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Charles Chaput: Denver Archbishop's attack on video-game ruling bugs Gamer Nation (VIDEO)

Categories: Media, News, Videos

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Charles Chaput.
Denver-based Archbishop Charles Chaput better watch out next time he plays Call of Duty online.

Why? A lot of gamers are gunning for him in the wake of an editorial in which he criticized the U.S. Supreme Court for striking down a California law meant to protect minors from violent video games. And no wonder, since Chaput uses the 1999 shootings at Columbine High School to bolster his argument.

In the essay, "Violent Video Games and the Rights of Parents," originally published by FirstThings.com, Chaput recalls testifying before a Congressional committee on the topic of marketing violence to children weeks after the Columbine massacre. At that time, he said:

The reasonable person understands that what we eat, drink, and breathe will make us healthy or sick. In like manner, what we hear and what we see lifts us up -- or drags us down. It forms us inside. Pornography degrades women. It also coarsens men. I don't need to prove that because we all know it. It's common sense... The roots of violence in our culture are much more complicated than just bad rock lyrics or brutal screenplays... But common sense tells us that the violence of our music, our video games, our films, and our television has to go somewhere, and it goes straight into the hearts of our children to bear fruit in ways we can't imagine -- until something like [Columbine] happens.

Chaput then goes on to criticize the Supreme Court majority's view that violent video games can be viewed as protected speech under the First Amendment when it comes to kids as well as adults. He writes: "My point here is not that video games are bad. My point is that when we too readily stretch an individual's right to free speech to include a corporation's right to sell violence to minors, we collude in poisoning our own future -- and tragedies like Columbine are the indirect but brutally real proof of what I mean."

These views didn't initially make much of a stir. But then yesterday, Kotaku, a widely read national video-game site whose editor in chief is former Rocky Mountain News gaming columnist Brian Crecente, republished the column under the headline "The Archbishop of Denver Tells You about Violent Video Games and the Rights of Parents."

Predictably, the comments on the Kotaku piece thus far aren't dominated by attaboys. Here's the take of a reader who goes by the name Damios: Smitten with the Green Fairy: "This man is a moron. There's no point in combing over this tripe bullshit with a fine-toothed comb when I'm sure any commenter here who can read and has half a brain could pretty much pick this apart into oblivion with ease."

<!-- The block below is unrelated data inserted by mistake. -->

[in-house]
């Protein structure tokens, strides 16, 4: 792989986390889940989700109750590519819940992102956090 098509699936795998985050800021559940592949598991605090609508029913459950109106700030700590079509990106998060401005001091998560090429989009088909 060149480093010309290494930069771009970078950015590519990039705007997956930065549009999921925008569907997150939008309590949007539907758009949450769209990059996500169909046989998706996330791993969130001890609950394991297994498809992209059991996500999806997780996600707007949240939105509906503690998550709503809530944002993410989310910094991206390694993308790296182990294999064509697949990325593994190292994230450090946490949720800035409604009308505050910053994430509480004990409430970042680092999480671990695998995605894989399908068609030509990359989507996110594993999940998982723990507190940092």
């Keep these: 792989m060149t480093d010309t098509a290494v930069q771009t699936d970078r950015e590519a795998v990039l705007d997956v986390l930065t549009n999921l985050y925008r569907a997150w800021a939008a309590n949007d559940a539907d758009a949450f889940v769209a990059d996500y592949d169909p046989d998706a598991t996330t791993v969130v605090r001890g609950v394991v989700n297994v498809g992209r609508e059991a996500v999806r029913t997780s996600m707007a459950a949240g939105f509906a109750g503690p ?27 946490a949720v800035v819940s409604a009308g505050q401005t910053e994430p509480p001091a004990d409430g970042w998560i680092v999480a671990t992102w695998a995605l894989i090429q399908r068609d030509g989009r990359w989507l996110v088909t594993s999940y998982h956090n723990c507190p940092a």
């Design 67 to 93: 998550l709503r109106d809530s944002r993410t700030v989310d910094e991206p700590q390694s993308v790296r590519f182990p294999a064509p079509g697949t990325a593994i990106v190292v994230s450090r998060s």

Even nastier is the following video, which questions Chaput's credibility by bringing up the abuse of children by priests.

Damn you, First Amendment!

More from our Follow That Story archive: "Leeroy Jenkins in the Army: Military bases Iraq strategy on World of Warcraft misfit."


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10 comments
Dcoy3546
Dcoy3546

What hurts children more; video games or being raped and disgraced by the Church? I'd worry about my own sink before point out others dirty dishes.

NervousPilot
NervousPilot

How about the nation that's are bombing crap knows how many countries RIGHT NOW? Oh, and responsible for 46.5% of all military spending globally. Ridiculous.

If you've played CoD; why the hell would you want to put yourself in the middle of that for real?! There's something really wrong with your brain if you think it's a good thing to go to war. This is a social pandemic in a lot of militant countries. It comes from an abundance of unfounded national pride and extreme hatred. Social problems, borne of a sick international blood cult drip fed to the masses by the M.I.C. If anything, playing the likes of CoD or Battlefield will only help you survive if you are stupid enough to sign up for duty.

Maybe it's just me, but I know guns aren't toys and people don't respawn. You've got one life, don't spend it ending others. If kids are learning from their community, their teachers and their parents, then video games could hardly be called the root of any sort of violent tendencies.

starviego
starviego

Columbine was a CIA-style covert operation.  There were at least seven active participants, not just Harris and Klebold.

Michael V.
Michael V.

Violent video games affect and hurt far more children than the number of abused at the hands of clergy.  More children are abused by teachers and officials in U.S. public schools than in the churches, but the NEA won't let you hear about that.  And thus far the Democratic Party has been willing to cover up the public school abuse crisis.  But it won't last forever especially when there is no more money for the Department of Education and the NEA's special interests protectors there in the civil service.  Of course with the Democrats bombing more and more nations and outright killing innocent children in those countries -- all without the consent of the Congress, with the media's deliberate collusion with the Dept. of Homeland Security, and with the general ignorance of American citizens, this nation is so close to toast and is overdue for the most incendiary of blowbacks.  The real message is that if you have children, take them and run as far away from US American civilization as you can.